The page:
No really, when?

A few years back I remember reading an article about how we, as teachers, would soon look back and shake our heads out our former selves for banning cell phones from schools.

Why isn’t that time now?

Do teachers and administrators expect students to walk inside the hallowed walls of our fine institutions and cast away all thoughts of the outside world? When are we going to realize that students are people just like us?

In today’s world it is hard to imagine being cut off from the outside world for an hour, let alone an entire school day. But that is what we expect our students to do each time they walk through our doors. Under our current cell phone ban, students have to sneak their phone out of their pocket or ask to use the restroom in order to steal some time for a text message. If students were allowed to use their phones between classes, we would greatly decrease the need for secrecy and sneaking around.

Our students, much to the dismay of teachers, have lives outside of school that are very important. Lives that they care about, and lives that they can even learn from!

Instead of focusing on the social aspect of cell phones, think of the possibilities for learning and student engagement that they present. Facts and information are more powerful when found by a student instead of told to a class.

How are we going to find a balance with cell phones in schools? We have students with phones that can film HD quality footage, be used to blog on the go, or even to read a book. We also find information at the blink of an eye as well. But somehow schools continue to ban these powerful tools because of fear. Cell phones are resources that students are already familiar with. We want students to feel ownership and care for the devices they use? Use devices that they own!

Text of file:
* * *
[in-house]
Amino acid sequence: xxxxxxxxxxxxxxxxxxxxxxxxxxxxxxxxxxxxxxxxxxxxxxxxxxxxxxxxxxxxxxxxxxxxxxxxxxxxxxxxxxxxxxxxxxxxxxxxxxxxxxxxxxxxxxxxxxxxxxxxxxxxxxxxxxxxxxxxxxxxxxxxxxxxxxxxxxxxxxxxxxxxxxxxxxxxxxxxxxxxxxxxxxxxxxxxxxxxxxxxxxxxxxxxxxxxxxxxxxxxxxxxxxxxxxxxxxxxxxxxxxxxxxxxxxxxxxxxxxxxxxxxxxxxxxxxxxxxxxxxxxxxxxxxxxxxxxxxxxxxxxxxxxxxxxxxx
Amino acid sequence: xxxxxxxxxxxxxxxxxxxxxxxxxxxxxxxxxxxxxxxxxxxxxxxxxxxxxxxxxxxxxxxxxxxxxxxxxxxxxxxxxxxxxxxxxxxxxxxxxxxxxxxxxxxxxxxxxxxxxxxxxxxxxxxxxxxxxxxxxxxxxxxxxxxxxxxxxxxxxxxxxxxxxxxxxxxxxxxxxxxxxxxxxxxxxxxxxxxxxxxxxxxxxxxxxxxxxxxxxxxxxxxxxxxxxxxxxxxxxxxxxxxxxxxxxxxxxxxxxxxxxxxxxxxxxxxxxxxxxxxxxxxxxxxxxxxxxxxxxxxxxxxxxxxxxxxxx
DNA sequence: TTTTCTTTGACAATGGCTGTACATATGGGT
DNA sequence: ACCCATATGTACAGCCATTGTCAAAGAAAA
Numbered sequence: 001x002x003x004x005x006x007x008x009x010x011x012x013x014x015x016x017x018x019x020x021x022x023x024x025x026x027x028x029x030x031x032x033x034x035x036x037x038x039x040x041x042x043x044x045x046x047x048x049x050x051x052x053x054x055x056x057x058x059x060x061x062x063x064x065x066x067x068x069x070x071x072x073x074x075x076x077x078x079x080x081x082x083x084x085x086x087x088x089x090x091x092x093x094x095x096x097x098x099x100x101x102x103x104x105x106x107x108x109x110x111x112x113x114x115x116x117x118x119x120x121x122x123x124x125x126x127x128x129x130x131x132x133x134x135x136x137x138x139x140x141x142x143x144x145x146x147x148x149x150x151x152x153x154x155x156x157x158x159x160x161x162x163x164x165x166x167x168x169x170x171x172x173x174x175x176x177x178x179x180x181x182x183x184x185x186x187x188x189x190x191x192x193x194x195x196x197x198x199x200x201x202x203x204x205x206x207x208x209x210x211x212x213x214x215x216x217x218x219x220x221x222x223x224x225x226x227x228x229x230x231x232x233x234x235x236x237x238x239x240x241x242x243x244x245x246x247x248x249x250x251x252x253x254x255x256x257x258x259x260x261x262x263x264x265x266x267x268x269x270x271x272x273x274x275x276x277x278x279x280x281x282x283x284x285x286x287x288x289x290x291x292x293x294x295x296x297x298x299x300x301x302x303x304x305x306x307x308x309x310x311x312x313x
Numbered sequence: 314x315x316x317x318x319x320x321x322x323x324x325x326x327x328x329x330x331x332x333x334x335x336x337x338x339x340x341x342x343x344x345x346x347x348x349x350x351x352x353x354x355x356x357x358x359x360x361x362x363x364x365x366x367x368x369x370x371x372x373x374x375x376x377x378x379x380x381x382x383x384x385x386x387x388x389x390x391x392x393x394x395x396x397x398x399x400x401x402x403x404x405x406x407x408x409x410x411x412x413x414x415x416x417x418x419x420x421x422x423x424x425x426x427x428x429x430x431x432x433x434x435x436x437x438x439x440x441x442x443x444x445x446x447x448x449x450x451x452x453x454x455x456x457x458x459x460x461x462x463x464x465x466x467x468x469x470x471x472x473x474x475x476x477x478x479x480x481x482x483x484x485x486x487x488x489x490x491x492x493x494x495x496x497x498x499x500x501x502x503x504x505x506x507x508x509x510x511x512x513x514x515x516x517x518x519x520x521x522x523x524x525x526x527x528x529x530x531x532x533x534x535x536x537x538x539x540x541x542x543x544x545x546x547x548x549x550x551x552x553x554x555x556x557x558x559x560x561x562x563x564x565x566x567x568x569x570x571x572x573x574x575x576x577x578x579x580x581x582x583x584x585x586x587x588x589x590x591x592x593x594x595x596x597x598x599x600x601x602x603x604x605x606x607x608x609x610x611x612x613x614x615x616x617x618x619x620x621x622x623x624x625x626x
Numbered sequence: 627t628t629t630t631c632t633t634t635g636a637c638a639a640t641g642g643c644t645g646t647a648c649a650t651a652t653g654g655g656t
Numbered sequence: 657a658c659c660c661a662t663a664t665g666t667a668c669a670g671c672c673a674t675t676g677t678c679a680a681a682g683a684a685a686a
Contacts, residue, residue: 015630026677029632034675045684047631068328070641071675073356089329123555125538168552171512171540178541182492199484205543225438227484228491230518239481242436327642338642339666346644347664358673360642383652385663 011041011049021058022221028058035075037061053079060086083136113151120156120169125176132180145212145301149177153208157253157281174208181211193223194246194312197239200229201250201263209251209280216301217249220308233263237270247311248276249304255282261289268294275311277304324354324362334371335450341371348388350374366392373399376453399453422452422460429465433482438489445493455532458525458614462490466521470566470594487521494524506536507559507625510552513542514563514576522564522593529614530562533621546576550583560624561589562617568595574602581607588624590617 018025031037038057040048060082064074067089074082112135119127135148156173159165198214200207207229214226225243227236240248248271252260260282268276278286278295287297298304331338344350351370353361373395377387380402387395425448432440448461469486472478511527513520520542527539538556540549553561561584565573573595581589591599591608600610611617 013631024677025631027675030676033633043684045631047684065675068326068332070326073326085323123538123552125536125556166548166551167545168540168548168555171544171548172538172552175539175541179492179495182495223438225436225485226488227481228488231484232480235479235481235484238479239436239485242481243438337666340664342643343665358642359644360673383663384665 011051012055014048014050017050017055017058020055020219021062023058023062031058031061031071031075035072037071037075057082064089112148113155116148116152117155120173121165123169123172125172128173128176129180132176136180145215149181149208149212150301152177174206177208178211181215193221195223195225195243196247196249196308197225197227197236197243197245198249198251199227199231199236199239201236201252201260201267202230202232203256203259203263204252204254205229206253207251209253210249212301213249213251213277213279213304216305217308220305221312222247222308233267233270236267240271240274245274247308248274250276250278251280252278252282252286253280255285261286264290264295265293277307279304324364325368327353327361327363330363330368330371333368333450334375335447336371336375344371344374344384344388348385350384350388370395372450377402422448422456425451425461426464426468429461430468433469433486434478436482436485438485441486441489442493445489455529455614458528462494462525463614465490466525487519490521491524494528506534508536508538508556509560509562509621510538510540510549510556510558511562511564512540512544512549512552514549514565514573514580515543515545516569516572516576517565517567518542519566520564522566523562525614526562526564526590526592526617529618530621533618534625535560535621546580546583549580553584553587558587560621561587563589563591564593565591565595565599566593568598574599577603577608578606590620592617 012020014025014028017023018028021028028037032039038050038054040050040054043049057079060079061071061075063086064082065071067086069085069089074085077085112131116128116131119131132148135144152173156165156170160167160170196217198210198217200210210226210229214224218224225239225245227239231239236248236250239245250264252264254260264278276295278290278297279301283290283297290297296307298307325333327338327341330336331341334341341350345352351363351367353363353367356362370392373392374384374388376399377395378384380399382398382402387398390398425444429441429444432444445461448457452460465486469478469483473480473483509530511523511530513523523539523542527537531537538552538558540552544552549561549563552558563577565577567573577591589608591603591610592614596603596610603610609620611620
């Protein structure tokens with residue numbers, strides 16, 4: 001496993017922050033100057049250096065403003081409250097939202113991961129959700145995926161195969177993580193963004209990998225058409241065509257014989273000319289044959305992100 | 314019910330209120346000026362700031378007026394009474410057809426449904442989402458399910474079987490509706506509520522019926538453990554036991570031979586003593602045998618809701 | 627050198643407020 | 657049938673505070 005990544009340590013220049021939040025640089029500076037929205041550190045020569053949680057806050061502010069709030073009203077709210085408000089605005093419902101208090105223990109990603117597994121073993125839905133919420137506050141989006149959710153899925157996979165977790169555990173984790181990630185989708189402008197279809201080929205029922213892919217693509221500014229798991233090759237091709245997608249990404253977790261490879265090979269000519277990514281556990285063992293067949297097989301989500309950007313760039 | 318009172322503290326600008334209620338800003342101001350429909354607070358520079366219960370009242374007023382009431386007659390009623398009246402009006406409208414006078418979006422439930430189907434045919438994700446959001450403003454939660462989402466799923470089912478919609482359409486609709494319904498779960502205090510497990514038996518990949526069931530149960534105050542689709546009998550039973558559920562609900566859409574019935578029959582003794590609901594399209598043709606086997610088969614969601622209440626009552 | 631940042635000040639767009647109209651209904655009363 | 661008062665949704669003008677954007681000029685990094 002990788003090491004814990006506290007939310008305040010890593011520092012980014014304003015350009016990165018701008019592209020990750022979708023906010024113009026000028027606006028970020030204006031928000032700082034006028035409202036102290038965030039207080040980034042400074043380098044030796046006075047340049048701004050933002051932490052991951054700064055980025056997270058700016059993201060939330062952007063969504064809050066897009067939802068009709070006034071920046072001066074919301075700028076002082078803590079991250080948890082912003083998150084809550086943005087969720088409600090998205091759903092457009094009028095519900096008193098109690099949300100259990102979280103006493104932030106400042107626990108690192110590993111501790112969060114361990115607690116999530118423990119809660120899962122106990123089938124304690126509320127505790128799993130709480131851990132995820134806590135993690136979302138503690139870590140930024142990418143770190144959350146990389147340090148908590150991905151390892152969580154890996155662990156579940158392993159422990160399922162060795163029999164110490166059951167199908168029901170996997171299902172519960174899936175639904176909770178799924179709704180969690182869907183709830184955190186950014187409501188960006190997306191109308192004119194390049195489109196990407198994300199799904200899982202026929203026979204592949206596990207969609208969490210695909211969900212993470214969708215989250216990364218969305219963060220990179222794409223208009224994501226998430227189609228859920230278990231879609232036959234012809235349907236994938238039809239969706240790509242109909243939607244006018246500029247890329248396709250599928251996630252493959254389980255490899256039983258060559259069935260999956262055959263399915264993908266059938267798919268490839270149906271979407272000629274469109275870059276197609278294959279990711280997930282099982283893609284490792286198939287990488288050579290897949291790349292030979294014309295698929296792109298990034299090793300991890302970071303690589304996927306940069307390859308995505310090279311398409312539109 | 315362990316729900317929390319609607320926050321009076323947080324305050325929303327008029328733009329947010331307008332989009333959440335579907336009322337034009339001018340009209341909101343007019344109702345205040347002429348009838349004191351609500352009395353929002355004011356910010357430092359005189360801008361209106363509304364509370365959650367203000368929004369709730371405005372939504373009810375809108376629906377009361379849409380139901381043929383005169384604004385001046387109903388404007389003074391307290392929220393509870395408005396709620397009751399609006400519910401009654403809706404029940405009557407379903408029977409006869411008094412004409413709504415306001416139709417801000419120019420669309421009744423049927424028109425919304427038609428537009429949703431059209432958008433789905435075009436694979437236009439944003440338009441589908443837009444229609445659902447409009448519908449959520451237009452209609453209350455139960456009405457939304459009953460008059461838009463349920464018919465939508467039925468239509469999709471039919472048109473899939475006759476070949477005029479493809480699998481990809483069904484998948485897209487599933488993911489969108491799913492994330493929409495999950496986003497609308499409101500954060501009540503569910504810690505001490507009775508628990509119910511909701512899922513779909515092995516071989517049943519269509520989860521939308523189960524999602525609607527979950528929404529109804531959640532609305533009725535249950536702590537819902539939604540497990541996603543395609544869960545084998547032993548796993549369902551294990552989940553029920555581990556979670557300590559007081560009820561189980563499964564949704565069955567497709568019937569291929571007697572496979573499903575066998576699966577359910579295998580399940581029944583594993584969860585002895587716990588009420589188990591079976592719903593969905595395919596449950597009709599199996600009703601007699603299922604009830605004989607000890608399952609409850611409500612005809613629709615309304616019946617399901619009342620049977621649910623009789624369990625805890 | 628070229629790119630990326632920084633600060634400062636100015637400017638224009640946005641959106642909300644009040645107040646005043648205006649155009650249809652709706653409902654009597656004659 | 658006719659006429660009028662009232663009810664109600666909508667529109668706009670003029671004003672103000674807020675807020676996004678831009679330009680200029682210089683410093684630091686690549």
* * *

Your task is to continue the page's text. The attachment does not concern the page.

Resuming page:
Right now my middle school supplies each student with a netbook. Want an easy way to cut costs and make students happier, more engaged, and perform better? Let’s start bringing our own devices! And if a student is unable to afford a device, they can check one out for the year from the school. Even if only half of the students choose to bring their own device, think of the costs that will be cut! This article from Forbes is a good resource that addresses some concerns.

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These Tweets over the weekend were fitting. Let’s take the devices out! Allowing teachers to use these student-owned devices at their discretion could be a huge asset to classrooms, especially those that are concerned about budget issues.

Like it or not, we rely on our cell phones and so do our students.